Britain’s food and drink industry is calling on the government to introduce a “Covid-19 recovery visa” to recruit overseas workers to ease disruption in the food supply chain, amid warnings from UK pig producers that healthy animals may be culled because of a labour shortage.
Trade associations representing all areas of the UK’s food chain – including the National Farmers’ Union, the Road Haulage Association, the Food and Drink Federation and the British Meat Processors Association – have sent a report to government, urging ministers to act to ensure continuity, quality and choice in Britain’s food supply.
The organisations are proposing a special one-year visa that would allow workers to be recruited for jobs such as HGV drivers, butchers, chefs and other food industry workers.
They want the seasonal worker pilot scheme, which issues permits for non-UK nationals to work as horticulture labourers on farms, made permanent and expanded beyond the current 30,000 annual intake.
Food and drink organisations are on average missing 13% of their workforce, according to the report, resulting in an estimated half a million vacancies across the sector.
Tom Bradshaw, the vice-president of the National Farmers’ Union (NFU) said: “Businesses throughout the supply chain in a wide variety of roles are really feeling the impacts of the workforce shortages.”
He added: “A short-term Covid recovery visa, alongside a permanent seasonal workers scheme, would be an effective and, frankly, vital route to help the pressing needs of the industry today. It would also give us time to invest in the skills and recruitment of our domestic workforce, helping to provide long-term stability”.
Ian Wright, the chief executive of the Food and Drink Federation, said: “Without fast action the labour challenges will continue. If they do, we can expect unwelcome consequences such as reduced choice and availability for consumers, increased prices, and reduced growth across the domestic food chain.”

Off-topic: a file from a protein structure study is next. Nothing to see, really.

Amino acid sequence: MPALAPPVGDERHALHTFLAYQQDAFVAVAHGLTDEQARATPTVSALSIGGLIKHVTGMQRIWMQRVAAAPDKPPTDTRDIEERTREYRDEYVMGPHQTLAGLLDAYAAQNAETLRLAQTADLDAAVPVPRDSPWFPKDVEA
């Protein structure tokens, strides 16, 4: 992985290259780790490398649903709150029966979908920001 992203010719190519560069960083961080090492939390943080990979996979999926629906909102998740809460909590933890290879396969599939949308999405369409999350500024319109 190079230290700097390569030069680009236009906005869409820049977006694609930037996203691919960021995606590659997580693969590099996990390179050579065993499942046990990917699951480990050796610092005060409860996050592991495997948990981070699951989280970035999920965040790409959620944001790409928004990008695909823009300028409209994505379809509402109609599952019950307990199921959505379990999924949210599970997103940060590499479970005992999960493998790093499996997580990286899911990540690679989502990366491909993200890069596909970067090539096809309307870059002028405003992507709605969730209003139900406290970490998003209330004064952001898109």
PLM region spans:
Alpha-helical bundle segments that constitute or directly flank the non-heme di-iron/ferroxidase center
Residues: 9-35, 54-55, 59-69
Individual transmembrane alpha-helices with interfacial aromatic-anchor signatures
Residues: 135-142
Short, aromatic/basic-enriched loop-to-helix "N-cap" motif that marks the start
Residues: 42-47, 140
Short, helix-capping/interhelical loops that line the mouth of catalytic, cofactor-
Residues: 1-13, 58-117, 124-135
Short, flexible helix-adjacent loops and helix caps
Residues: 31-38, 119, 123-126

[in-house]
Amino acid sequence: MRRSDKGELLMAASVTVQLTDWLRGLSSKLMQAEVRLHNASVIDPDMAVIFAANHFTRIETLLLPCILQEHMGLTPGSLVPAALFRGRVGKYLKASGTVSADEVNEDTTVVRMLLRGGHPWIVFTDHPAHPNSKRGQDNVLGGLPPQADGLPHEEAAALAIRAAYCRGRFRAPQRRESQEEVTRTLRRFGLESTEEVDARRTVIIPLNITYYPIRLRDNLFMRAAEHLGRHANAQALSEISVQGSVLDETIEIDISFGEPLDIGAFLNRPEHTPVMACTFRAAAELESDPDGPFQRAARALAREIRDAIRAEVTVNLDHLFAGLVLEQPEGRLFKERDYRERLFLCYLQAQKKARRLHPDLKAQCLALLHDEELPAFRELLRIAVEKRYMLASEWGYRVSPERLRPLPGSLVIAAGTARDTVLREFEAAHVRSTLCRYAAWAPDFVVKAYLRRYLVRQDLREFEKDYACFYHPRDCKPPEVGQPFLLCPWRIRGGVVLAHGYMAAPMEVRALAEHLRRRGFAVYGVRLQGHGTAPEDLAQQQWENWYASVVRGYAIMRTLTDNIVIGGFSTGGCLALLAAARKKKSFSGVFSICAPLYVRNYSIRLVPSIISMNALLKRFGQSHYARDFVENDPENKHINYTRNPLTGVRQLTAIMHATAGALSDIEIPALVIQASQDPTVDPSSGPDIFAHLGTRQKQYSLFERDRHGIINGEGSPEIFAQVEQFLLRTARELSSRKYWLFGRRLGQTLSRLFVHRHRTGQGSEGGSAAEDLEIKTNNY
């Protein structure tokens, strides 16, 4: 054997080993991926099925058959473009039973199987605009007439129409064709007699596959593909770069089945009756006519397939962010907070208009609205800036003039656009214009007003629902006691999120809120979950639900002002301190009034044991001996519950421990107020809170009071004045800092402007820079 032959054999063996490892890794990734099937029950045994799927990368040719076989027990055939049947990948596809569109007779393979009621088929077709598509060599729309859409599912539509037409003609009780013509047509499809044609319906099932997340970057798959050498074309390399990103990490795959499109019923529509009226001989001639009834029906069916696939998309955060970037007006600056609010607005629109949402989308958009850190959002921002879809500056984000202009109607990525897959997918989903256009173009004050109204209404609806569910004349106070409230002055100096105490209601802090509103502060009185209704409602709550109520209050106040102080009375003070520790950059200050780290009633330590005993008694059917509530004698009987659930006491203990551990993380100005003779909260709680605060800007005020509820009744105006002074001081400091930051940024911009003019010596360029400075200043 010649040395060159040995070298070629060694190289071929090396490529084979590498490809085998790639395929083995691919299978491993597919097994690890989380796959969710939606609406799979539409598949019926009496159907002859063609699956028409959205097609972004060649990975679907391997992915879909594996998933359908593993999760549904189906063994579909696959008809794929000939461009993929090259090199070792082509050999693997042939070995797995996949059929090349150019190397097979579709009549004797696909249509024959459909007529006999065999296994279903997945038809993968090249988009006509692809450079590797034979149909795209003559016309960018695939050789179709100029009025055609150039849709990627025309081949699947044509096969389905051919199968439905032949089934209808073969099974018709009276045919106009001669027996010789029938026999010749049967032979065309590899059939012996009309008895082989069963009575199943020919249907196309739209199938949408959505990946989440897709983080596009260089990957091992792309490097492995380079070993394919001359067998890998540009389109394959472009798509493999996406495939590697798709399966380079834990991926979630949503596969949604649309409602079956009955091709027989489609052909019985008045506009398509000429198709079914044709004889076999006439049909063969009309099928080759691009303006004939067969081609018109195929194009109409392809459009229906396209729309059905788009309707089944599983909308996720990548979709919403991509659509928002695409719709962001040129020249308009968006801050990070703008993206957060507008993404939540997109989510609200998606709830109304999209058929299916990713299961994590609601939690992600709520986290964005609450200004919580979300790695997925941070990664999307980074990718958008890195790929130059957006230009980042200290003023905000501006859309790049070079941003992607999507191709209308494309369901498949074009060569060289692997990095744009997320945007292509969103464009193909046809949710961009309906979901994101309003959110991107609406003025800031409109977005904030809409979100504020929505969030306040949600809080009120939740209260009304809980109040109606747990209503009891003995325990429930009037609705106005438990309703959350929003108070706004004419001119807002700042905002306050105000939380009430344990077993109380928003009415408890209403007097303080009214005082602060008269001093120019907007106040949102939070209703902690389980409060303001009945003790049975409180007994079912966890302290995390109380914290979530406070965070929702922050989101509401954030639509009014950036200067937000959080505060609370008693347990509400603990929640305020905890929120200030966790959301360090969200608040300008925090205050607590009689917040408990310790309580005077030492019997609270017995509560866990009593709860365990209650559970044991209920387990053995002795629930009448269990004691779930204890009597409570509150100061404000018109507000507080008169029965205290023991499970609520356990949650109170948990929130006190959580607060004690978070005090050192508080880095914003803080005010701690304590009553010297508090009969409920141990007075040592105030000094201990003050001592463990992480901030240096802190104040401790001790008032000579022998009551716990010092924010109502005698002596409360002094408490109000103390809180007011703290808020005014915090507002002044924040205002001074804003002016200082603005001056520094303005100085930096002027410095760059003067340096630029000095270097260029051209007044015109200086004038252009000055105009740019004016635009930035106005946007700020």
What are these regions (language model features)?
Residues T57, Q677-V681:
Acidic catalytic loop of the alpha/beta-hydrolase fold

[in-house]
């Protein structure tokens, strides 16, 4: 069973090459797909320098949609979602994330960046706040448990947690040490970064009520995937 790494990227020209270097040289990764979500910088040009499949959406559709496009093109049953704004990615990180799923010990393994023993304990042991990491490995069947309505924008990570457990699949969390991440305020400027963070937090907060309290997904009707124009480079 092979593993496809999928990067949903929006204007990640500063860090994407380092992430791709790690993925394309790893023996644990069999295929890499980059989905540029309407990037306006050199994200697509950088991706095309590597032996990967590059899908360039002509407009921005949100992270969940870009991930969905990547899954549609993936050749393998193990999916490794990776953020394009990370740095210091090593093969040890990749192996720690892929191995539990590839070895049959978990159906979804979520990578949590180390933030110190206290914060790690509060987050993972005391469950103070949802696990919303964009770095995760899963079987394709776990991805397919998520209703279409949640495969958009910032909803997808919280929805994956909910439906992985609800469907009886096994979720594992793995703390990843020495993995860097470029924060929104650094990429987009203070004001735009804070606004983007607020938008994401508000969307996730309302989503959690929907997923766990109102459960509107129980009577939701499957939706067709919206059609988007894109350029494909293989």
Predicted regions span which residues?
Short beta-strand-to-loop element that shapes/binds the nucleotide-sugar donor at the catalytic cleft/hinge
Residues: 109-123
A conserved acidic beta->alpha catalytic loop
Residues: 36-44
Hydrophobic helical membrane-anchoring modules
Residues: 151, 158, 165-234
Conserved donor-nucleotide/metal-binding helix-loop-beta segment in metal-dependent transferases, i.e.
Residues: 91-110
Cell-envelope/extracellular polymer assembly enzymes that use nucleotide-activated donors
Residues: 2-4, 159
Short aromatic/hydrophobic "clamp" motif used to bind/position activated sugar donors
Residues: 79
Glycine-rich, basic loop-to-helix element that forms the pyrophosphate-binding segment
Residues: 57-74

The cross-industry report comes as the National Pig Association (NPA) warned that as many as 70,000 pigs that should have already been taken to slaughter are stranded on UK farms.
The excess number of pigs on UK farms is growing by 15,000 each week, according to the NPA,with about a quarter fewer leaving for slaughter than would be expected in normal times.
Animals ready for slaughter but stuck on farms require feeding and housing, causing financial difficulties for farmers. These large pigs are growing by about a kilogram a day, the NPA says, with many becoming too large for the slaughterhouses to handle.
“For the second time in under a year the pig sector is facing some really tough choices, which we shouldn’t have to be taking, as demand for British pork is still strong,” said Zoe Davies, the chief executive of the NPA.
“If government doesn’t take action, perfectly healthy pigs will end up being destroyed and wasted and more pork will have to be imported from the EU.”
Meat-processing plants were first hit by a shortage of workers during the coronavirus pandemic. Many of the eastern European workers employed in the sector returned to their home countries and have not come back.
Davies said farmers were struggling to find space for the surplus animals.
“I am getting calls every day from members saying we are in a mess,” she said. “People are using cattle sheds, temporary accommodation outdoors, anything they can do to alleviate the pressure on farm, but there just doesn’t seem to be an end”
Britain’s meat-processing industry, which is two-thirds staffed by non-UK workers, is missing about 15% of its workforce of about 95,000 people usually employed in the sector, according to the British Meat Processors Association.